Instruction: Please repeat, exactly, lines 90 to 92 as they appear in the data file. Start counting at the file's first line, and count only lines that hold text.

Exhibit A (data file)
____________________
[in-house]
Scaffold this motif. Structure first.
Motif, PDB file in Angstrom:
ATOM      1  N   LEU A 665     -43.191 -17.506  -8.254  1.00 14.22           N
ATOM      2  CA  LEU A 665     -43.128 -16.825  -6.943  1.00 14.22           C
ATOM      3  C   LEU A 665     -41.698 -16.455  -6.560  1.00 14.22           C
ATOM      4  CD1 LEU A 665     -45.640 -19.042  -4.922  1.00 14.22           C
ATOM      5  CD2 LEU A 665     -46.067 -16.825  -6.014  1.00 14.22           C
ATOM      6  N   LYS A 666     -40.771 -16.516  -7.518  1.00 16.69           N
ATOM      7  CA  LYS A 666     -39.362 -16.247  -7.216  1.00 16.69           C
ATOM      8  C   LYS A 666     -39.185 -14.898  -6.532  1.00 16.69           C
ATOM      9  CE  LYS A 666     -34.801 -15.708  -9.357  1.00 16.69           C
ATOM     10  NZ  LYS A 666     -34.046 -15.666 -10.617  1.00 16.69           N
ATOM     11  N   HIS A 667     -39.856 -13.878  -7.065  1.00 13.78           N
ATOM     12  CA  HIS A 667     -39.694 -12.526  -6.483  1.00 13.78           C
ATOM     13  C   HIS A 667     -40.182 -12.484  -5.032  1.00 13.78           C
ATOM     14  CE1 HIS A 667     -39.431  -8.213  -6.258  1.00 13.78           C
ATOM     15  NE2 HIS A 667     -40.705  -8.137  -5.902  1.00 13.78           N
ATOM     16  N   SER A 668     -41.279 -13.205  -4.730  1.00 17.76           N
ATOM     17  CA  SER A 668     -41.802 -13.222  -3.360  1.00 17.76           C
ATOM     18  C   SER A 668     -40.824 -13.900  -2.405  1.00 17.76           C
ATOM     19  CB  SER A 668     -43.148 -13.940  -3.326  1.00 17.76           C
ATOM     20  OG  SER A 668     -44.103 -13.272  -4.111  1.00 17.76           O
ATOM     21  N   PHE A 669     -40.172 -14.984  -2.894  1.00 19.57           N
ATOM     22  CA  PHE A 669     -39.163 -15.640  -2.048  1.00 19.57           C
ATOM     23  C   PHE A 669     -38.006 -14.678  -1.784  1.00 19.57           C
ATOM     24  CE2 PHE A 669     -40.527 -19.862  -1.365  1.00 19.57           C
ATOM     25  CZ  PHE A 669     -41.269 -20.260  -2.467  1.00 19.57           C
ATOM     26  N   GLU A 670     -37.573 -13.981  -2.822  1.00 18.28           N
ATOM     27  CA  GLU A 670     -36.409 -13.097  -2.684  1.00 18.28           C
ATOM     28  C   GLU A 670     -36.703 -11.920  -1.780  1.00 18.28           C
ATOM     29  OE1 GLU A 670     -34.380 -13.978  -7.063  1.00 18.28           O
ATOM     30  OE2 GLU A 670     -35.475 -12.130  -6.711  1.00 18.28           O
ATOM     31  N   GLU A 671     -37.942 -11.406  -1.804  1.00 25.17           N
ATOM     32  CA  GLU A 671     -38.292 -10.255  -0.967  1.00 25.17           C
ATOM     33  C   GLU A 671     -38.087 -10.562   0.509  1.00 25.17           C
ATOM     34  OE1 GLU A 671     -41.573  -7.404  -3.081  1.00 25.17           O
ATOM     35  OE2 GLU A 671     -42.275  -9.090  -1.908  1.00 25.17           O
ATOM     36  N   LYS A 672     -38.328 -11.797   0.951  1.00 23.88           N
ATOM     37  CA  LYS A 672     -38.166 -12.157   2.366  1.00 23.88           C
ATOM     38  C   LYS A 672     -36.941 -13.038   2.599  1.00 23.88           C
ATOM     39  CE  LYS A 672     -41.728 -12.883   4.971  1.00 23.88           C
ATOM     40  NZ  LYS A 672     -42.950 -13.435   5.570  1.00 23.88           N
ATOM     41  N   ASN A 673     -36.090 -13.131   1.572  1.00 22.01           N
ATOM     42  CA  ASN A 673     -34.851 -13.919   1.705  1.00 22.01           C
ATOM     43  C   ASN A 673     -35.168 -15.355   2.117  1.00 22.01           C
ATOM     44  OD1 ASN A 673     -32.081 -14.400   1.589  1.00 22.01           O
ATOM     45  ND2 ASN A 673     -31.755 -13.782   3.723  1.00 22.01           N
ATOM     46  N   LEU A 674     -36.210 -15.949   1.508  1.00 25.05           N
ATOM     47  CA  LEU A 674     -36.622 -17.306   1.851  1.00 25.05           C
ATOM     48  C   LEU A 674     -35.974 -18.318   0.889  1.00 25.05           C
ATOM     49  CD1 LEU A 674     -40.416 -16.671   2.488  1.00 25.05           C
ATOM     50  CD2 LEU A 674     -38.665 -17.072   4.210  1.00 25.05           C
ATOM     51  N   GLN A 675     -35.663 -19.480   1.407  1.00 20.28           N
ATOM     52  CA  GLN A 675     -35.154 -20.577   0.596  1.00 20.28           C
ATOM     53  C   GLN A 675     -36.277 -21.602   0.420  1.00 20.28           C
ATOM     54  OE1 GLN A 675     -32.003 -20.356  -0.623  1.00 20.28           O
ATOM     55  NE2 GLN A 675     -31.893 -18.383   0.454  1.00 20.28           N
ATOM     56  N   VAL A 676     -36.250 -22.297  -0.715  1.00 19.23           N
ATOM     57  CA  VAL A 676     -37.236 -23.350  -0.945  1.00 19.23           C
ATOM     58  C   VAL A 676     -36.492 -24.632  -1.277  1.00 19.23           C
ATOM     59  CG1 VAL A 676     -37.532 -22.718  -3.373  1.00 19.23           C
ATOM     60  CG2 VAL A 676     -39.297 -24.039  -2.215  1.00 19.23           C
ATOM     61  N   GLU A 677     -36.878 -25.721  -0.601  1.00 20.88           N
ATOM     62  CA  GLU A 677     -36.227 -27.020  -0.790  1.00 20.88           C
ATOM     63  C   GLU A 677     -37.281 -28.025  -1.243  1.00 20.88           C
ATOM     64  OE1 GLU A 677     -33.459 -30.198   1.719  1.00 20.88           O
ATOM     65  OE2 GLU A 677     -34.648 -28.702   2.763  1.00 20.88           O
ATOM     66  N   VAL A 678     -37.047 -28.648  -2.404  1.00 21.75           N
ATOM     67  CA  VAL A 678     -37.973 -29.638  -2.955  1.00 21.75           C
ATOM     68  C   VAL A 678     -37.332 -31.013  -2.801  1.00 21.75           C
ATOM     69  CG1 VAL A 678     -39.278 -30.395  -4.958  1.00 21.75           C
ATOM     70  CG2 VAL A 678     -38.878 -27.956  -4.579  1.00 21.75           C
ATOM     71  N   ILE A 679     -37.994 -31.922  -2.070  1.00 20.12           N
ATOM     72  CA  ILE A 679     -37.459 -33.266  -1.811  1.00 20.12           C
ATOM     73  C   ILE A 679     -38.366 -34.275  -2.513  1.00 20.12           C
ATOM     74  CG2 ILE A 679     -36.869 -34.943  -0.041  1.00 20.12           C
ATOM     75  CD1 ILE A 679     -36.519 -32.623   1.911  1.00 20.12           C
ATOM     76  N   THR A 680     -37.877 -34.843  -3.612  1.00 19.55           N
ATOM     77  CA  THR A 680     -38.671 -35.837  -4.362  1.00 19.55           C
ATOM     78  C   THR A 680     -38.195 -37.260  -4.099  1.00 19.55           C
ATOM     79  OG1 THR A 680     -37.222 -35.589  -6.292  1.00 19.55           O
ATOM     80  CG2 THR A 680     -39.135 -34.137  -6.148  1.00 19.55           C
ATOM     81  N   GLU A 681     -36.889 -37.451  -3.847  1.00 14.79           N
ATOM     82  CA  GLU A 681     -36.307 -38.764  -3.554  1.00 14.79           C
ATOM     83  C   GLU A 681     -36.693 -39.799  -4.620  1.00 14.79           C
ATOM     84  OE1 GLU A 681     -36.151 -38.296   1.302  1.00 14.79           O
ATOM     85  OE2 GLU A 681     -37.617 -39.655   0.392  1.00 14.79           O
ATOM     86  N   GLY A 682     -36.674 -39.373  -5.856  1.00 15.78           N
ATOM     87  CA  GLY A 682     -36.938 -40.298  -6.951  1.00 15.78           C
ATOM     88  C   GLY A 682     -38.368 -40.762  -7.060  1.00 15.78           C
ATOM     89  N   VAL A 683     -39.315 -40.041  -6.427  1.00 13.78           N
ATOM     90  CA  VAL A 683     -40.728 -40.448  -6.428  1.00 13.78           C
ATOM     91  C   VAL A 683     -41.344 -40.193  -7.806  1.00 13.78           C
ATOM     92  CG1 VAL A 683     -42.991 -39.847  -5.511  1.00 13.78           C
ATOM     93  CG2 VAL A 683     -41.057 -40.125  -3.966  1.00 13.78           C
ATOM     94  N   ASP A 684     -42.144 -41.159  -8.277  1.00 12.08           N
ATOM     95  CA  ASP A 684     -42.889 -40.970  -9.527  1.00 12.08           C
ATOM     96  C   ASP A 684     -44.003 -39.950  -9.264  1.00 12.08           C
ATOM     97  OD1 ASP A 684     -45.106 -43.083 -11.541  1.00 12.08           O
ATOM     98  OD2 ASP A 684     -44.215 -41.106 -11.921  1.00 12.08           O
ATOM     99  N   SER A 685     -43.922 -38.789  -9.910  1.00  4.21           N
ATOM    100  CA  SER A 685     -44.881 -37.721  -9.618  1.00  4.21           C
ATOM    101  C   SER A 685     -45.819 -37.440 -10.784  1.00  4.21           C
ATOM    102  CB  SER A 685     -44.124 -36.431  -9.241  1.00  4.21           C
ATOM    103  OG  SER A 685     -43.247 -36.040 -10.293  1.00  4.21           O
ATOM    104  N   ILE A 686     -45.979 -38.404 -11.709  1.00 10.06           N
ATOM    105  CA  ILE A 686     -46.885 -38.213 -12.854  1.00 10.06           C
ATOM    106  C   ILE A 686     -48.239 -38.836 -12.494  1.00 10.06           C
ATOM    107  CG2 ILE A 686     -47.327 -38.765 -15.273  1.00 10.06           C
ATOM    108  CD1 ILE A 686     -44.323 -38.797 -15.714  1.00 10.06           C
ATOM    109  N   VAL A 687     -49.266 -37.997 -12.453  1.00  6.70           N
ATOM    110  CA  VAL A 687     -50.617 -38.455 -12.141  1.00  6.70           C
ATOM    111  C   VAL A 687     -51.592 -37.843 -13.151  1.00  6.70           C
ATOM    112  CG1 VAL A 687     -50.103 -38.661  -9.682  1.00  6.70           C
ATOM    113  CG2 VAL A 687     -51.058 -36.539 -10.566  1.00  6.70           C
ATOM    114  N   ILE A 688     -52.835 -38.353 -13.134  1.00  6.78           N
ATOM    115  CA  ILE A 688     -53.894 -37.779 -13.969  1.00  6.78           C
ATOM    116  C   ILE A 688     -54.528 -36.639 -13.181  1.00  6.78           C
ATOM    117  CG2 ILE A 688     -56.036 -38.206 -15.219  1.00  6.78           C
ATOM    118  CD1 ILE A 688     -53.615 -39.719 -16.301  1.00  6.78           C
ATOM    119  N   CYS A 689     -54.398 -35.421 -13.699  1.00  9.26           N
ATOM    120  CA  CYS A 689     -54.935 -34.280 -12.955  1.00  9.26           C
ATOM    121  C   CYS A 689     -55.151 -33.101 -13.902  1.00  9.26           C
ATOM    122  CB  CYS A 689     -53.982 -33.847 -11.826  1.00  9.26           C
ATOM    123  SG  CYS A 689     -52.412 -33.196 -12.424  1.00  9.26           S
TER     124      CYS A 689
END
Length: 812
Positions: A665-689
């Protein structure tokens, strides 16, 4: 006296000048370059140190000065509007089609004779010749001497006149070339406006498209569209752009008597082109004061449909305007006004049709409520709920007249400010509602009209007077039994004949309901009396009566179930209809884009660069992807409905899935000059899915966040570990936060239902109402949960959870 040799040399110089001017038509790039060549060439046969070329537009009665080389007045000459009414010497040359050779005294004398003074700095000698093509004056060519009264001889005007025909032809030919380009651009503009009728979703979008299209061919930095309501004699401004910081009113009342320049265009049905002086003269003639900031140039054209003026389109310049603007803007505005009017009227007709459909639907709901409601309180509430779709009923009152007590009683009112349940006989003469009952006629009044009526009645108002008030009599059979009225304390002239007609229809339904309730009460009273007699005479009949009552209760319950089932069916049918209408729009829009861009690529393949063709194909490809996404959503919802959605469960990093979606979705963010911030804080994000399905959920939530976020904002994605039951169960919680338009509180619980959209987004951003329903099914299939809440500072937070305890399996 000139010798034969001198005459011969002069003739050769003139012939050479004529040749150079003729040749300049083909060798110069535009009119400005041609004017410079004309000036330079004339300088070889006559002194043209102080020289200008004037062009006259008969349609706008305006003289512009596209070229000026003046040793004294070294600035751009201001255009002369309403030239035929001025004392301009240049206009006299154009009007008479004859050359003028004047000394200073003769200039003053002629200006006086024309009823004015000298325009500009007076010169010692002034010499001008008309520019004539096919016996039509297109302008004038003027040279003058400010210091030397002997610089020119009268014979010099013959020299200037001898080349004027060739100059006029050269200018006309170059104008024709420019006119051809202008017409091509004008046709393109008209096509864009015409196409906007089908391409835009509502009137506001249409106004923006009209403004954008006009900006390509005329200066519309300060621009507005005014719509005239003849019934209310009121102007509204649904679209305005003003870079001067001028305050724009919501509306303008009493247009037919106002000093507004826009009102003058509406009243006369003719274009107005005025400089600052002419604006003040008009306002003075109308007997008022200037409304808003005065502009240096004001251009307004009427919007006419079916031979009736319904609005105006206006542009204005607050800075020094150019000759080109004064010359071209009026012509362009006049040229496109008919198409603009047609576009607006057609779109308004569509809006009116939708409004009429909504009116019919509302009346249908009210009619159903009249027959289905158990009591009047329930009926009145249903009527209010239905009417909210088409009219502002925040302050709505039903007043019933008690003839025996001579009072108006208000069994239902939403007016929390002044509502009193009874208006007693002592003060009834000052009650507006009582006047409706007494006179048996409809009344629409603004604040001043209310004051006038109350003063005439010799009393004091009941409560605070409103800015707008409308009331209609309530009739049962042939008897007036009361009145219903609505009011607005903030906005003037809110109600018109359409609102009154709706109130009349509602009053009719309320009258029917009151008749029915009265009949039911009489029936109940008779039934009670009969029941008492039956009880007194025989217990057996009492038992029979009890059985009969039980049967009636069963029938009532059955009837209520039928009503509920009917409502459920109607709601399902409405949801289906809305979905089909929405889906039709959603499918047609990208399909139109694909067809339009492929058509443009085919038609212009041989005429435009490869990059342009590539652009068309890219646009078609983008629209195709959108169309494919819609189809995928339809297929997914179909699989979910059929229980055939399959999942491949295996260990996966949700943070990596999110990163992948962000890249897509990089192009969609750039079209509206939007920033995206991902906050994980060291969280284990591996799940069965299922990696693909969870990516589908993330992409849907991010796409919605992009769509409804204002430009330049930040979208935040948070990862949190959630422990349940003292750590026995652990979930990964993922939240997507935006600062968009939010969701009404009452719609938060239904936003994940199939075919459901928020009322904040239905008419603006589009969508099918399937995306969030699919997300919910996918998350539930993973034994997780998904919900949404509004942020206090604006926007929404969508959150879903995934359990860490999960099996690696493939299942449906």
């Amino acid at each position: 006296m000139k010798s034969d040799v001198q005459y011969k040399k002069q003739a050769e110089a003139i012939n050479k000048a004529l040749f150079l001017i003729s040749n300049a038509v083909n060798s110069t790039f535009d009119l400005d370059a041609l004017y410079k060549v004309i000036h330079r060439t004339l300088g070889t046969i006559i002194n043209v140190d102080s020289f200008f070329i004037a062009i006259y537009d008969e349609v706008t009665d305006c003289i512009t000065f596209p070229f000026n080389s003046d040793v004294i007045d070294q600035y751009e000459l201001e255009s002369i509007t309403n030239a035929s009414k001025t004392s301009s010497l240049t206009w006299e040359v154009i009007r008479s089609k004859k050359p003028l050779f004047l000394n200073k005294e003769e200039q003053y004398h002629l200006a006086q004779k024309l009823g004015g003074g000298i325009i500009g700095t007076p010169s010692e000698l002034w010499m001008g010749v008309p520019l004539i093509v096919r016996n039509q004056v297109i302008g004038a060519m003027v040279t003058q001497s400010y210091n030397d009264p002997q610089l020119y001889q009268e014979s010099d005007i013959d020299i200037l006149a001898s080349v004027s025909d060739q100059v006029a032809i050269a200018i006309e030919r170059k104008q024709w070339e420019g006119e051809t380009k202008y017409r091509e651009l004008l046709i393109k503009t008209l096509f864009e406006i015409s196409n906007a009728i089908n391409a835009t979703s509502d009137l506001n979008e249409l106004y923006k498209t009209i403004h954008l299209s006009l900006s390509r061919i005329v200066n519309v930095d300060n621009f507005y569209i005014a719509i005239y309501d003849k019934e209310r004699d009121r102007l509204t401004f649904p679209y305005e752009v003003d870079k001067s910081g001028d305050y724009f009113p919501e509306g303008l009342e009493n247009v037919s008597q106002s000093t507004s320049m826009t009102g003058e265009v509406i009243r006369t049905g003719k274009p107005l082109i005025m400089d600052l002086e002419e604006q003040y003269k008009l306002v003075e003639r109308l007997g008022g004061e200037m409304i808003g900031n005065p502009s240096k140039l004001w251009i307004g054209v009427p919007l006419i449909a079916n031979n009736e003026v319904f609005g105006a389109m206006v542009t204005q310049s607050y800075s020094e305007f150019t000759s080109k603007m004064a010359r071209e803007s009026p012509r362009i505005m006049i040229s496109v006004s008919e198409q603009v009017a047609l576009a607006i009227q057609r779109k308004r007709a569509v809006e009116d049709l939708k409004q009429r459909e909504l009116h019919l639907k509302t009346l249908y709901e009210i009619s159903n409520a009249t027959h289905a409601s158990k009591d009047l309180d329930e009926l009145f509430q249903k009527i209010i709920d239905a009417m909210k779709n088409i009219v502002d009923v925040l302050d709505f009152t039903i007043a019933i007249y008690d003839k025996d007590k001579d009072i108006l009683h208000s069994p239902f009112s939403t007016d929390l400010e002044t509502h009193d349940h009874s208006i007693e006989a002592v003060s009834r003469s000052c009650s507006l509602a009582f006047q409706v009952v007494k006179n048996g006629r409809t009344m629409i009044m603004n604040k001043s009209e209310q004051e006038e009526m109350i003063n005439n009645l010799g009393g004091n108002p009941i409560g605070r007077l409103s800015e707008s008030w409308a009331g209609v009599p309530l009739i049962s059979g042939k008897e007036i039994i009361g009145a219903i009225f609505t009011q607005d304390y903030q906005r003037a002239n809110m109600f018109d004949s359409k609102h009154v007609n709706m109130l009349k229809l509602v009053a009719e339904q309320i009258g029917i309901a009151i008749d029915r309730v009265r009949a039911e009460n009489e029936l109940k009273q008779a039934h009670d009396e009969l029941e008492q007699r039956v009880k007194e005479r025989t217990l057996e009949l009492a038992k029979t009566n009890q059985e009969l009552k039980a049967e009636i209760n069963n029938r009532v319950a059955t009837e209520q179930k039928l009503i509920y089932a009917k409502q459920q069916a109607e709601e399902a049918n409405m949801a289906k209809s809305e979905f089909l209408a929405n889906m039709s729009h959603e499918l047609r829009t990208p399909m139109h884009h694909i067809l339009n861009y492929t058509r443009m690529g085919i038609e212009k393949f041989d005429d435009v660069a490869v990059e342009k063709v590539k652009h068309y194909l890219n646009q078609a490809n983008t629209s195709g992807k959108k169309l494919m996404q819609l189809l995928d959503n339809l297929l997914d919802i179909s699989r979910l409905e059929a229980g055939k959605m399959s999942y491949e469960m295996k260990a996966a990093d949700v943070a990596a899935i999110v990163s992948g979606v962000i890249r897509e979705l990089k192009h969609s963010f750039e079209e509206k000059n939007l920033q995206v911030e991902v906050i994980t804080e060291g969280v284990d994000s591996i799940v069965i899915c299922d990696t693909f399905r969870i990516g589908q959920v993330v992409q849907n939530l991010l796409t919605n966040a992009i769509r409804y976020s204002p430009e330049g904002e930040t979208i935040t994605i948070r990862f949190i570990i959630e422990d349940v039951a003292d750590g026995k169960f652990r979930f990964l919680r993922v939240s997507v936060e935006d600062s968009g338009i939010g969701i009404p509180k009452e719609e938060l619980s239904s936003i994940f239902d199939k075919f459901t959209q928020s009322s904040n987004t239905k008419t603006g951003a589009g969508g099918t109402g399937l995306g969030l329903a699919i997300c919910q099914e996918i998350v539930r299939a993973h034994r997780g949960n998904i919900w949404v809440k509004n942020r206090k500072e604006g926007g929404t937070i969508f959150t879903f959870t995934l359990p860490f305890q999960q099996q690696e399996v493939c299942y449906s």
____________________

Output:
ATOM     87  CA  GLY A 682     -36.938 -40.298  -6.951  1.00 15.78           C
ATOM     88  C   GLY A 682     -38.368 -40.762  -7.060  1.00 15.78           C
ATOM     89  N   VAL A 683     -39.315 -40.041  -6.427  1.00 13.78           N